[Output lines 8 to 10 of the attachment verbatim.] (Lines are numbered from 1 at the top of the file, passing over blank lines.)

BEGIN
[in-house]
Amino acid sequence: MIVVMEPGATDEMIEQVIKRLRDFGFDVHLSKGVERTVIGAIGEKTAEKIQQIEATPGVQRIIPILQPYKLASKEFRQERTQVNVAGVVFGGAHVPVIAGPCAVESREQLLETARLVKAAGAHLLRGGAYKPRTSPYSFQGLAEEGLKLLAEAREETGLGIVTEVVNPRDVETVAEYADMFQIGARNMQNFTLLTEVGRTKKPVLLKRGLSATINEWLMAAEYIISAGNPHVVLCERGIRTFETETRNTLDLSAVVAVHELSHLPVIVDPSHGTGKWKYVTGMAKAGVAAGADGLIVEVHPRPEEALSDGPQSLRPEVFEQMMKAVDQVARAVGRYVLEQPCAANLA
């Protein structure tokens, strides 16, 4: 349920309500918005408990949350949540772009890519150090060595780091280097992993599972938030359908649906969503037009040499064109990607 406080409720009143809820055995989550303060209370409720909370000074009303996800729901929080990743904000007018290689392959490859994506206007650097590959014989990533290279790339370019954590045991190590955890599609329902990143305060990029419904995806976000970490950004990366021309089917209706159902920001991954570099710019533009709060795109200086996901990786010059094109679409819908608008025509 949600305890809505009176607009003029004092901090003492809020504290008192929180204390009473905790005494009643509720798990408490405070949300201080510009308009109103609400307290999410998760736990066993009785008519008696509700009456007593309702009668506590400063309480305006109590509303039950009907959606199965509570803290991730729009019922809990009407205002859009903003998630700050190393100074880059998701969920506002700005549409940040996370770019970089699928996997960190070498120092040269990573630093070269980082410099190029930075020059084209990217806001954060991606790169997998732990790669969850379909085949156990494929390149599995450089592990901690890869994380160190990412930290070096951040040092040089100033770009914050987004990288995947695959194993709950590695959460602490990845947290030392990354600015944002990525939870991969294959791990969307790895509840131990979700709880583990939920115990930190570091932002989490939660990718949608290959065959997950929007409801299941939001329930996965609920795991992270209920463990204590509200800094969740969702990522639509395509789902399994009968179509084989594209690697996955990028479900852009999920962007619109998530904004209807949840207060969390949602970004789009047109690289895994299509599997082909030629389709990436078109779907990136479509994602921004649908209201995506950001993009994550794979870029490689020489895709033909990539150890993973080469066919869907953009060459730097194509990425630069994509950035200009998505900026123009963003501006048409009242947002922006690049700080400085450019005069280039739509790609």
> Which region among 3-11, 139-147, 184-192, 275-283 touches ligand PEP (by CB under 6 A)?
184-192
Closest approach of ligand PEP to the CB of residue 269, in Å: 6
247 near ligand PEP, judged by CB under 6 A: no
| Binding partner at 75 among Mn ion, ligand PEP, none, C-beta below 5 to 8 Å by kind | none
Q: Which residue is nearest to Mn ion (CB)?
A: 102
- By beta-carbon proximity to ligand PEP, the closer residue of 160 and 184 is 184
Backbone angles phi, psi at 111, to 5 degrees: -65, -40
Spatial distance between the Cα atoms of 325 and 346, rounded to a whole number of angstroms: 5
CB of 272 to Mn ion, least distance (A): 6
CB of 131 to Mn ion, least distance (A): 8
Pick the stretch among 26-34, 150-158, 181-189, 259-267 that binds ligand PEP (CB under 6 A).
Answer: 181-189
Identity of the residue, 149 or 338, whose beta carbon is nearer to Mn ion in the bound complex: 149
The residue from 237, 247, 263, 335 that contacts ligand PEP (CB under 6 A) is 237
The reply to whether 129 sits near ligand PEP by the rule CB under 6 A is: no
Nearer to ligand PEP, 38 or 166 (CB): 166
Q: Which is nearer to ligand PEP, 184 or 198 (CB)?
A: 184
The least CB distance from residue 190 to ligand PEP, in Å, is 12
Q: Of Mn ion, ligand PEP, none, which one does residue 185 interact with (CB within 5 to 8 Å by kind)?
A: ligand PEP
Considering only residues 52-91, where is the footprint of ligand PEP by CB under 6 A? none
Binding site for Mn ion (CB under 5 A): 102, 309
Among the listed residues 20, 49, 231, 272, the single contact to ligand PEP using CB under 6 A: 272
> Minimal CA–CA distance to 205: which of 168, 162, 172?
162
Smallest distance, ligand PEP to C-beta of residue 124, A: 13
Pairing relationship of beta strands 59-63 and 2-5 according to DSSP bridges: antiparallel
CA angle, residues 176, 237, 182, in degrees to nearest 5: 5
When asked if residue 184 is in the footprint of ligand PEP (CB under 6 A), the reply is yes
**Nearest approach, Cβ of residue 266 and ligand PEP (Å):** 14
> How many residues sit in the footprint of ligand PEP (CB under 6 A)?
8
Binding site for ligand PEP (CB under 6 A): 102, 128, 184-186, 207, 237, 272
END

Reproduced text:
| Binding partner at 75 among Mn ion, ligand PEP, none, C-beta below 5 to 8 Å by kind | none
Q: Which residue is nearest to Mn ion (CB)?
A: 102